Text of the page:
Ukrainian ex-PM Tymoshenko jailed for seven years
Immediately after the verdict was pronounced, Yulia Tymoshenko condemned the decision.
“I do not agree with the verdict,” said Tymoshenko. “No authoritarian regime or its verdict will stop me. The trial showed that the Constitution and justice have been trampled underfoot. I urge you to begin the struggle. It's a very difficult and important moment. We have to protect Ukraine against the authoritarian regime. Don't give up!”
Yulia Tymoshenko’s lawyer, Yury Sukhov, said the verdict would be appealed.
“It is absurd, and the court’s decision should be reversed.”
The court ruled that Tymoshenko had overstepped her authority in 2009 by signing a gas contract with Russia which the current government says was unfavorable to Ukraine. It wants the terms reviewed.
Judge Rodion Kireev, the court's chairman, said Yulia Tymoshenko had caused nearly US $200 million of damage to national energy company Naftogaz Ukrainy by signing the 2009 gas agreements. Now the former head of the Ukrainian government will have to repay the losses, the court ruled.
“The court has found no circumstances pending to aggravation or mitigation of the punishment and has taken into account the serious harm to the public interests Tymoshenko caused, her personality and lack of any repentance, which led the court to see no reason to issue a milder punishment,” the judge said.
Tymoshenko insists, however, that she is the victim of a political revenge by Ukraine's President Viktor Yanukovich. Now the opposition leader is likely to have to skip the upcoming parliamentary election in 2012 and the presidential election in 2015.
Yulia Tymoshenko was ushered out of the courtroom after the sentence was pronounced. She was not wearing handcuffs, and waved to everyone present in the court room as she left.
Russia’s Prime Minister Vladimir Putin expressed bewilderment at the verdict.
“I do not really understand what Tymoshenko has been jailed for seven years for,” Putin told Russian journalists.
He stressed that all gas deals signed between Russia and Ukraine strictly adhere to Russian and Ukrainian laws and international standards.
“Tymoshenko herself did not sign anything. All the contracts were signed between Gazprom and Naftogaz,” Putin added.
Riot policemen block supporters of former Prime Minister Yulia Tymoshenko on Kiev’s central street Krestshchatyk on October 11, 2011 (AFP Photo / Genya Savilov)
Tension rising in Kiev
The judge began pronouncing the verdict on Tuesday morning. Two Ukrainian TV channels are broadcasting live from the courtroom.
Only journalists and people directly involved in the trial were being allowed access to the court.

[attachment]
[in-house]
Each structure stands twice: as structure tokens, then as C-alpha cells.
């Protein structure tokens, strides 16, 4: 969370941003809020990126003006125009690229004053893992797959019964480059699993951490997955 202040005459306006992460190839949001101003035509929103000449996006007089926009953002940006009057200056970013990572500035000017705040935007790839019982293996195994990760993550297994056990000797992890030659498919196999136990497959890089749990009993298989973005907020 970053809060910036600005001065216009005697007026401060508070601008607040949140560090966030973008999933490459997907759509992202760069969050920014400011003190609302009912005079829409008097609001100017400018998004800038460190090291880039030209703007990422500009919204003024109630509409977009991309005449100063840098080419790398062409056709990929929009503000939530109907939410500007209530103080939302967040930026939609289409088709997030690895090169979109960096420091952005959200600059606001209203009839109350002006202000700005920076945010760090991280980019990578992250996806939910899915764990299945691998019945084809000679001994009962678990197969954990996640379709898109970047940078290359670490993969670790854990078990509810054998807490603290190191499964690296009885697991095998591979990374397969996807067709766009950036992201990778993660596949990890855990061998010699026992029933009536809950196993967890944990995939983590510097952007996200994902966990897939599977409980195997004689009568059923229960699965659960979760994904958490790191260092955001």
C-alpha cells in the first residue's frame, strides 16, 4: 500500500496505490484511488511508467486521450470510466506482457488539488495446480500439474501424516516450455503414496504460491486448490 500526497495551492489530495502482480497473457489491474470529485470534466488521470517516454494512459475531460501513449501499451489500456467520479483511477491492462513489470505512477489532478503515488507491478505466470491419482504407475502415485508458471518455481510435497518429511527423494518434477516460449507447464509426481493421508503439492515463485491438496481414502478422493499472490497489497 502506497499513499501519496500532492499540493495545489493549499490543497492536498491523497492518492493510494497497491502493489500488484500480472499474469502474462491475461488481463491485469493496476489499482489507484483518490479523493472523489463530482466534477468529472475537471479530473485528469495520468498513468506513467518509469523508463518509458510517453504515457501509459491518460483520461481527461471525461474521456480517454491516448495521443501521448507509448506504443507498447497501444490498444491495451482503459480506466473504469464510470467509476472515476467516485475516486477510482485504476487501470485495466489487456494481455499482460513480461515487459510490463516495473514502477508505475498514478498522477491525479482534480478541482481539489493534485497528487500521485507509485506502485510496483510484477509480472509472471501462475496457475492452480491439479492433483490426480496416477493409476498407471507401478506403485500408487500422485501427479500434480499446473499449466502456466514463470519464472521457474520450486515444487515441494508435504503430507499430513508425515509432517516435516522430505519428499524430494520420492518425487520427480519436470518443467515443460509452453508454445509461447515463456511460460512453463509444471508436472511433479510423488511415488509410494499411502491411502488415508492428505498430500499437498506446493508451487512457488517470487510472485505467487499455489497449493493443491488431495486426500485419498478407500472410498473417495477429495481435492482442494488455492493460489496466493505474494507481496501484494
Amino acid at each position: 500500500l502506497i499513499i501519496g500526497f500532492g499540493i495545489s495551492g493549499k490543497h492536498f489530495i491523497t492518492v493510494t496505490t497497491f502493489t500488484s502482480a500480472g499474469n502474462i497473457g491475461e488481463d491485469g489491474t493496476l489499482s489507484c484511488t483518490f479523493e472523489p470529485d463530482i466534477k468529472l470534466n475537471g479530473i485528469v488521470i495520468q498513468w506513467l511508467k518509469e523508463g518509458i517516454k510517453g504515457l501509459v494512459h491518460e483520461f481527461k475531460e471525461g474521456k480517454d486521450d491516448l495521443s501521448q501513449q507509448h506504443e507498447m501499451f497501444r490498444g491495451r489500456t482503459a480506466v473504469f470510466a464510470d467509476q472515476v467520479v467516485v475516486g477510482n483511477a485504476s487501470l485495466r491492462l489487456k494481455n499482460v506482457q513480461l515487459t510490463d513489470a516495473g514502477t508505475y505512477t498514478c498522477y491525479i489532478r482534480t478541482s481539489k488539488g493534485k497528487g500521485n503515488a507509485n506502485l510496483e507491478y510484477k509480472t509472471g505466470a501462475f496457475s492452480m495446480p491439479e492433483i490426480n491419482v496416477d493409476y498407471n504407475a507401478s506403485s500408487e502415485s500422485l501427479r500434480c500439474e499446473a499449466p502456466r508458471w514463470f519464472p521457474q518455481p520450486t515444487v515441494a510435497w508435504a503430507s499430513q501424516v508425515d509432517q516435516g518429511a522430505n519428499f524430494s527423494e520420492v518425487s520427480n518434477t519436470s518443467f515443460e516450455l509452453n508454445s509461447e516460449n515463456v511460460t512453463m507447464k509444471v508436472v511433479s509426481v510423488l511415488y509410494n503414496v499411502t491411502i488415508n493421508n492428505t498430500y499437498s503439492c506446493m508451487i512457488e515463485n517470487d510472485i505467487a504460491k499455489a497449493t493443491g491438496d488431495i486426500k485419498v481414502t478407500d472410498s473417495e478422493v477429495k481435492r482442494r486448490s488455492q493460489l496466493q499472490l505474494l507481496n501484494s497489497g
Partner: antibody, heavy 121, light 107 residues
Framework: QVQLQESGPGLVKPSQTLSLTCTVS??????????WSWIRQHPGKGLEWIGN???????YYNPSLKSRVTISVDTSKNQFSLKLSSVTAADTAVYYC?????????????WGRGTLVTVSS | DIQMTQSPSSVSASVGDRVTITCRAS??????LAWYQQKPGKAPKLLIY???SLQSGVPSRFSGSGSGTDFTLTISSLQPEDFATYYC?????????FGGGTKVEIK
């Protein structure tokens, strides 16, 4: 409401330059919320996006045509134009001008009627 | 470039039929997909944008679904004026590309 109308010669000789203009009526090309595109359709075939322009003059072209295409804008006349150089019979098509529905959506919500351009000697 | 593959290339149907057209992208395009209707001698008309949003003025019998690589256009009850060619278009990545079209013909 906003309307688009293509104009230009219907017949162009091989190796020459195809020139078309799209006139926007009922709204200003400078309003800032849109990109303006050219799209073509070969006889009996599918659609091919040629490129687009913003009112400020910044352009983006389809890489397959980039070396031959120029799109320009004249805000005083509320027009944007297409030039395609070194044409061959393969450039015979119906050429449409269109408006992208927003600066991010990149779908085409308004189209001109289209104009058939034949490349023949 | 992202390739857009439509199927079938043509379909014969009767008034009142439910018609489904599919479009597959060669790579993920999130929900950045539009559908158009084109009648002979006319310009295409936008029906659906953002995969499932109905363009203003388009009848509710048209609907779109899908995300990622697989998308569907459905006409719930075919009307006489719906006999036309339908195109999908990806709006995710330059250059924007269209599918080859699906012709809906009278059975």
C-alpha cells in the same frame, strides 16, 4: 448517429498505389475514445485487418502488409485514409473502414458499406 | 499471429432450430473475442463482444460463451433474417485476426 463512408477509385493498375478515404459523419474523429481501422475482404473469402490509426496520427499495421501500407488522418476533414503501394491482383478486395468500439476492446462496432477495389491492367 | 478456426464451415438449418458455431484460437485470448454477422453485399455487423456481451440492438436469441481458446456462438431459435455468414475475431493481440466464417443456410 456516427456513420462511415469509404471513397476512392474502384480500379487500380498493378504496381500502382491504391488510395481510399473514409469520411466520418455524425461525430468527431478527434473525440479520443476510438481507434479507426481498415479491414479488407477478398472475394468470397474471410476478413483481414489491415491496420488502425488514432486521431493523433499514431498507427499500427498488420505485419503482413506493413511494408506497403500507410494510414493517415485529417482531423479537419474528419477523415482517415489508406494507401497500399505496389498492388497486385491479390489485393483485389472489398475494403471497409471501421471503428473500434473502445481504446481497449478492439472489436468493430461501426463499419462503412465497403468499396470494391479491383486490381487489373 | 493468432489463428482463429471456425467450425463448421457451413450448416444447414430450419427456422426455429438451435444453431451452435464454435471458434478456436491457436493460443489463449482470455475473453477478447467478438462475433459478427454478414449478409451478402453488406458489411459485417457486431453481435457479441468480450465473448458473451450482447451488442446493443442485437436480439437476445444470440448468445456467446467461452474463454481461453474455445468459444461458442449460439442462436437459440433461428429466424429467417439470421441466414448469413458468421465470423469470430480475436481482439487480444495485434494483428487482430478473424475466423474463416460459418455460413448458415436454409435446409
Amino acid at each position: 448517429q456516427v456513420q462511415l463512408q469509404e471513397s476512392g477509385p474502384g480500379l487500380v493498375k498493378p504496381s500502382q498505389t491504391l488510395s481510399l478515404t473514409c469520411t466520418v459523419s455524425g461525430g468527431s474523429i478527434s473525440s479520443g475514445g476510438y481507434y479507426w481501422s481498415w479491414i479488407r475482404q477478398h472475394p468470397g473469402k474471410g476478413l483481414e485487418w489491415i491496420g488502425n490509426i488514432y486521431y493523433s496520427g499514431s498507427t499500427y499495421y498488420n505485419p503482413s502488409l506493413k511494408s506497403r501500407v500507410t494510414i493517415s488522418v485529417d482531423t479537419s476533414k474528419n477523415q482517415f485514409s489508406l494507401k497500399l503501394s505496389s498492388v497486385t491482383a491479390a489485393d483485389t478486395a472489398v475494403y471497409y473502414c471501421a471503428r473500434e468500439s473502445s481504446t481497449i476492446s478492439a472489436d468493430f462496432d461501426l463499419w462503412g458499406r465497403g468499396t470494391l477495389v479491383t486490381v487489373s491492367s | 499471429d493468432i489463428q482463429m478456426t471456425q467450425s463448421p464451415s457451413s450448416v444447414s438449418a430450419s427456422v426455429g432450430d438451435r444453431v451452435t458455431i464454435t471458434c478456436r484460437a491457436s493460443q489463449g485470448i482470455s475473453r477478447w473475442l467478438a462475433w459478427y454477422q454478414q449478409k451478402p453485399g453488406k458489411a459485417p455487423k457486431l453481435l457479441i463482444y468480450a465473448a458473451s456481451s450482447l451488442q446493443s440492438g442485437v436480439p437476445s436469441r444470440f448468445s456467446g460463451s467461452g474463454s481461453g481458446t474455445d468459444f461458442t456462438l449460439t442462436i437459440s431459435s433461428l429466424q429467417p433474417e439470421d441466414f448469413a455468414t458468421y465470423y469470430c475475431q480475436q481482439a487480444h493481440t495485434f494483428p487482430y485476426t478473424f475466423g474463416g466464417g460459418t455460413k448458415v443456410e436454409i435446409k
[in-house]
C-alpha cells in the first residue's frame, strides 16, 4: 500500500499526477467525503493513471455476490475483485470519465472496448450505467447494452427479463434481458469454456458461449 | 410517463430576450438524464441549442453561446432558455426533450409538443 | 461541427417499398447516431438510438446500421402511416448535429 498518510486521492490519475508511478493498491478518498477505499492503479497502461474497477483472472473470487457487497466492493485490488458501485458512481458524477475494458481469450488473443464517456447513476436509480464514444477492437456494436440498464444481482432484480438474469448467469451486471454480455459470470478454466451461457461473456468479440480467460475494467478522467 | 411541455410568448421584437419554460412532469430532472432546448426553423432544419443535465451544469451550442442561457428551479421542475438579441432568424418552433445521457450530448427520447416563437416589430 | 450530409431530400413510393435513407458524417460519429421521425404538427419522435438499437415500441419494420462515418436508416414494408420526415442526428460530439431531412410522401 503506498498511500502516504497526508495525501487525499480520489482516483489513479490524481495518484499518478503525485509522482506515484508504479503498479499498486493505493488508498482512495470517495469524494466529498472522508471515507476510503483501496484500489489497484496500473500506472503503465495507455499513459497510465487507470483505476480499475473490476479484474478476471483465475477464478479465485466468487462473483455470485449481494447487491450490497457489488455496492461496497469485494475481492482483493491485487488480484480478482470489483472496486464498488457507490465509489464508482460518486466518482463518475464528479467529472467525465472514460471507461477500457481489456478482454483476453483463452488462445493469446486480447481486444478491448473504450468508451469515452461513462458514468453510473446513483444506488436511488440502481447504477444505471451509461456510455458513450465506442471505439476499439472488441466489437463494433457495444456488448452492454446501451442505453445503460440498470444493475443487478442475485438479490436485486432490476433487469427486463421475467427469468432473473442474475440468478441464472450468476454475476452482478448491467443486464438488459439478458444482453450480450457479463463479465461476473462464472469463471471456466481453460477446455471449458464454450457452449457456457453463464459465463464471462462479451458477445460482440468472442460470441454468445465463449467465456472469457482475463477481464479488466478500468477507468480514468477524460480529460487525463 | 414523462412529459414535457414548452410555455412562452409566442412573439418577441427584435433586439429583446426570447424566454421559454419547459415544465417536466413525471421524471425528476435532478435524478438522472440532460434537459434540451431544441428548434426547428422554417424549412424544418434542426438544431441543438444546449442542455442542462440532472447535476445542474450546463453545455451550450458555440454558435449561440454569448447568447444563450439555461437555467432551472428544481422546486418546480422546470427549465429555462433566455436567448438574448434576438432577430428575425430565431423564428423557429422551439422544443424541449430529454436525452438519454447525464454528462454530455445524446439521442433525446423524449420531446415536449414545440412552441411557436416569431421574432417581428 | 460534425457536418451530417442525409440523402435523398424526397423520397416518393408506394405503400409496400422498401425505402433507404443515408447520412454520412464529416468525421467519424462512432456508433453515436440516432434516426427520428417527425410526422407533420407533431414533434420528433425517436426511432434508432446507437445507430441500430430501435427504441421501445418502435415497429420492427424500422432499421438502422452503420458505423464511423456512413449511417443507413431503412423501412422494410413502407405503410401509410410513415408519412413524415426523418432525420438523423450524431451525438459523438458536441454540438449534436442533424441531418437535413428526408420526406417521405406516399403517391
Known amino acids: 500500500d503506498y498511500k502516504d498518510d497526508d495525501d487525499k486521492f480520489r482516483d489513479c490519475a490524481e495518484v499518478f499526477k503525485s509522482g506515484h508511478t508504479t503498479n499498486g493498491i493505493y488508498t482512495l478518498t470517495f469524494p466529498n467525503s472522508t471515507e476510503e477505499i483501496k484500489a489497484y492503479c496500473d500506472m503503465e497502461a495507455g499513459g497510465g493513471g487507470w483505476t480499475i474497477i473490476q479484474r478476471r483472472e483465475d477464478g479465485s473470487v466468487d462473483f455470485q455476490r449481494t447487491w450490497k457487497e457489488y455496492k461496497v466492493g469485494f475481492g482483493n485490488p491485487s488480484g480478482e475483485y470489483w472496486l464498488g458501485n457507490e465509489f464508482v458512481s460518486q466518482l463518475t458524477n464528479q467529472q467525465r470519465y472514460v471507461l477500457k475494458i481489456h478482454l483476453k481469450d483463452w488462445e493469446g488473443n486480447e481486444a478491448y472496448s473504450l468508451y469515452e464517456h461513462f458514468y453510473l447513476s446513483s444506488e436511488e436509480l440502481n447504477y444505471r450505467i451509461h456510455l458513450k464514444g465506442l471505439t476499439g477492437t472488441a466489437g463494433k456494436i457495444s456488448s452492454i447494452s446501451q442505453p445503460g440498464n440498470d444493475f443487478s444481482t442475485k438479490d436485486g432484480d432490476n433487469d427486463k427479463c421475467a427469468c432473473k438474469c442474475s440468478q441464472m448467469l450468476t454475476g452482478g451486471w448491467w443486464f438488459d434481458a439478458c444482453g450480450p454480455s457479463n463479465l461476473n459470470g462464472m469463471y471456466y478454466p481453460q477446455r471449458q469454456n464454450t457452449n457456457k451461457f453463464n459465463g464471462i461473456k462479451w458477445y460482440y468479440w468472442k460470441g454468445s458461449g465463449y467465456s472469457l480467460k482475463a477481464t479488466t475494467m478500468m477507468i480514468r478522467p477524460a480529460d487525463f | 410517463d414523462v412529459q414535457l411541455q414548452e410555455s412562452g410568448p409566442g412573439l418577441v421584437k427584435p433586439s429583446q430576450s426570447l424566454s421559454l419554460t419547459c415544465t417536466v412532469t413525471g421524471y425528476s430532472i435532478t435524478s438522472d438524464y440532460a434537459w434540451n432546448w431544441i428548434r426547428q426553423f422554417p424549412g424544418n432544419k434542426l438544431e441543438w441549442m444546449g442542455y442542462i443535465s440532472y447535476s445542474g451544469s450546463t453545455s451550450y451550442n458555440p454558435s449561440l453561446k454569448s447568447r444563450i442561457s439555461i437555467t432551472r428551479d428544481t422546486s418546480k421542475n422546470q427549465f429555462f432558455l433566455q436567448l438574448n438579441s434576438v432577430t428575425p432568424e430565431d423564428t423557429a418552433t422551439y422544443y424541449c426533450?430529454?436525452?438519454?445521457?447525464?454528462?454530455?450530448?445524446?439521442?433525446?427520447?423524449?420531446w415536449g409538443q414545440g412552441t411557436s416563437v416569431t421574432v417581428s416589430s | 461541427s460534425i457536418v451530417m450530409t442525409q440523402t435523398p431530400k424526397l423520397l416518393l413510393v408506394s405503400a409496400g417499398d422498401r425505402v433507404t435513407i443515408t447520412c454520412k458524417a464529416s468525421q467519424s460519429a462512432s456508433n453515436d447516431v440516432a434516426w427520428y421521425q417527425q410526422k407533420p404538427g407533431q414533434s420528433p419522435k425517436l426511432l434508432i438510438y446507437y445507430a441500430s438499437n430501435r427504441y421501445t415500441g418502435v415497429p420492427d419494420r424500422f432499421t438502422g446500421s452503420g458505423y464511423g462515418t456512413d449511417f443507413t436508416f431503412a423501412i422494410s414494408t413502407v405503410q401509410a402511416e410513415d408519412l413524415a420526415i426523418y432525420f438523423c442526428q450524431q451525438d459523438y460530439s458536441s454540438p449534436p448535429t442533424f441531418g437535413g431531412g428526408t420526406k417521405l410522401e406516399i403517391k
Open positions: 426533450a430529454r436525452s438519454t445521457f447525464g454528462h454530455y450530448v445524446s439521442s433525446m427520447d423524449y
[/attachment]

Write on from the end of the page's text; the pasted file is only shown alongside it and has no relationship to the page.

Meanwhile pro- and anti-Tymoshenko crowds gathered in front of the court building. Some 1,000 police officers are guarding the area to prevent possible clashes.
The 2,000-strong crowd is made up of roughly equal numbers of supporters and opponents of Tymoshenko. Police have cordoned off the two groups from each other.
Police have stopped activists from blocking traffic in the city. Some reports say several people have been detained after clashing with police.
Several MPs from Tymoshenko’s party tried to storm the courtroom, but bailiffs stopped them.
The reaction of the crowd outside the court to the verdict was “rather calm,” RT’s Aleksey Yaroshevsky reported. People there said they would continue their non-violent struggle for freedom and would picket the streets of Kiev and other cities in order to get their voices heard.
Riot policemen detain a supporter of former Prime Minister Yulia Tymoshenko on Kiev’s central street Krestshchatyk on October 11, 2011 (AFP Photo / Genya Savilov)
Defendant: verdict politically-motivated and irrelevant
Ukraine's ex-prime minister said the verdict would not damage her.
“Nobody in the world or in Ukraine believes in the alleged crimes stated here. That is why neither Yanukovich nor Kireev can mar my good name,” she said during a short break in the proceedings.
She added: “I have worked for Ukraine’s good, I still work for it and I will continue to work for it.”
The former PM also lashed out at her presidential rival.
“Today’s politically-motivated trial orchestrated by Yanukovich shows his weakness as the president, the weakness of this authority. They are afraid, and is it that fear which results in such verdicts,” she said.
Yulia Tymoshenko’s political allies say they will do everything to overrule the verdict.
“The trial was obviously loaded to find her guilty, so we have several options for action now,” said parliamentary vice-speaker, Nikolay Tomenko. “In parliament, we will submit amendments from the opposition, which will render void the incriminating articles of the law. We will also challenge the verdict in Ukrainian and European courts of law.”
However, political analyst Igor Khokhlov has told RT he believes the sentence is unlikely to be changed.
“I guess there is no hope the sentence is going to be changed given the situation in Ukrainian politics, because Viktor Yanukovich has for a long time seen Yulia Tymoshenko as his major opponent and actually Yulia Tymoshenko was the person who did not let him win the presidential elections 2004, when Viktor Yushchenko became president there,” Khokhlov said.
He agrees the case has nothing to do with economics or crime, and says there are political motives behind the verdict.
Tymoshenko has been in custody since a judge ordered her to be arrested for contempt of court more than two months ago.
The move sparked mass protests in Ukraine's capital, Kiev. Police clashed with her supporters, who set up camp outside the court where the hearings are taking place.